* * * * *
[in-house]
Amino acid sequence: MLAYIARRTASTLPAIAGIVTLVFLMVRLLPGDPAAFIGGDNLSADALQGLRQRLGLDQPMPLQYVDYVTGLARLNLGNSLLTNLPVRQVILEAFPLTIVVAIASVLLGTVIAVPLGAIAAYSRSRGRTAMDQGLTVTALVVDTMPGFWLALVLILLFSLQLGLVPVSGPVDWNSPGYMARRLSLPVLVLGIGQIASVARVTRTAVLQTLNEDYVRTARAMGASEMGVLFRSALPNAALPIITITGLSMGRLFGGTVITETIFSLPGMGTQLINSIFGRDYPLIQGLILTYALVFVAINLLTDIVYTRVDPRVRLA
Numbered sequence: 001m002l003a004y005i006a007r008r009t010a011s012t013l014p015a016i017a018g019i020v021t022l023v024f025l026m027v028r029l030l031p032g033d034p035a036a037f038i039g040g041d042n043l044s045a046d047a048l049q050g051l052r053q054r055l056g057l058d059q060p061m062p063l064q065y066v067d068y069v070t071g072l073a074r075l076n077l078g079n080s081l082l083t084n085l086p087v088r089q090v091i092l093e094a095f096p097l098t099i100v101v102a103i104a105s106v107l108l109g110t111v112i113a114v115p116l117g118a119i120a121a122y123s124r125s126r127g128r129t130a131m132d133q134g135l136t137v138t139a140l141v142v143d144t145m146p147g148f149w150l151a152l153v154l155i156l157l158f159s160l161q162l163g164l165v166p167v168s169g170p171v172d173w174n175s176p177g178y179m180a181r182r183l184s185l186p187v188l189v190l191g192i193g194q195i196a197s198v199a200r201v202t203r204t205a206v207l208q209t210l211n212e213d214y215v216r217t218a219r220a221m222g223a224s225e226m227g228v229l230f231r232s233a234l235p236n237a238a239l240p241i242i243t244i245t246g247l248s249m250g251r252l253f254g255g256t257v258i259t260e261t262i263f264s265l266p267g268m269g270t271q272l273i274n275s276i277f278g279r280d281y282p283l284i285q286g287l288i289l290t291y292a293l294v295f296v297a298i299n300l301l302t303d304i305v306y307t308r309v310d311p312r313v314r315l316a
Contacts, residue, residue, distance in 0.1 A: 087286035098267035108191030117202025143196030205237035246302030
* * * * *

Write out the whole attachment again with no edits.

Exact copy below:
[in-house]
Amino acid sequence: MLAYIARRTASTLPAIAGIVTLVFLMVRLLPGDPAAFIGGDNLSADALQGLRQRLGLDQPMPLQYVDYVTGLARLNLGNSLLTNLPVRQVILEAFPLTIVVAIASVLLGTVIAVPLGAIAAYSRSRGRTAMDQGLTVTALVVDTMPGFWLALVLILLFSLQLGLVPVSGPVDWNSPGYMARRLSLPVLVLGIGQIASVARVTRTAVLQTLNEDYVRTARAMGASEMGVLFRSALPNAALPIITITGLSMGRLFGGTVITETIFSLPGMGTQLINSIFGRDYPLIQGLILTYALVFVAINLLTDIVYTRVDPRVRLA
Numbered sequence: 001m002l003a004y005i006a007r008r009t010a011s012t013l014p015a016i017a018g019i020v021t022l023v024f025l026m027v028r029l030l031p032g033d034p035a036a037f038i039g040g041d042n043l044s045a046d047a048l049q050g051l052r053q054r055l056g057l058d059q060p061m062p063l064q065y066v067d068y069v070t071g072l073a074r075l076n077l078g079n080s081l082l083t084n085l086p087v088r089q090v091i092l093e094a095f096p097l098t099i100v101v102a103i104a105s106v107l108l109g110t111v112i113a114v115p116l117g118a119i120a121a122y123s124r125s126r127g128r129t130a131m132d133q134g135l136t137v138t139a140l141v142v143d144t145m146p147g148f149w150l151a152l153v154l155i156l157l158f159s160l161q162l163g164l165v166p167v168s169g170p171v172d173w174n175s176p177g178y179m180a181r182r183l184s185l186p187v188l189v190l191g192i193g194q195i196a197s198v199a200r201v202t203r204t205a206v207l208q209t210l211n212e213d214y215v216r217t218a219r220a221m222g223a224s225e226m227g228v229l230f231r232s233a234l235p236n237a238a239l240p241i242i243t244i245t246g247l248s249m250g251r252l253f254g255g256t257v258i259t260e261t262i263f264s265l266p267g268m269g270t271q272l273i274n275s276i277f278g279r280d281y282p283l284i285q286g287l288i289l290t291y292a293l294v295f296v297a298i299n300l301l302t303d304i305v306y307t308r309v310d311p312r313v314r315l316a
Contacts, residue, residue, distance in 0.1 A: 087286035098267035108191030117202025143196030205237035246302030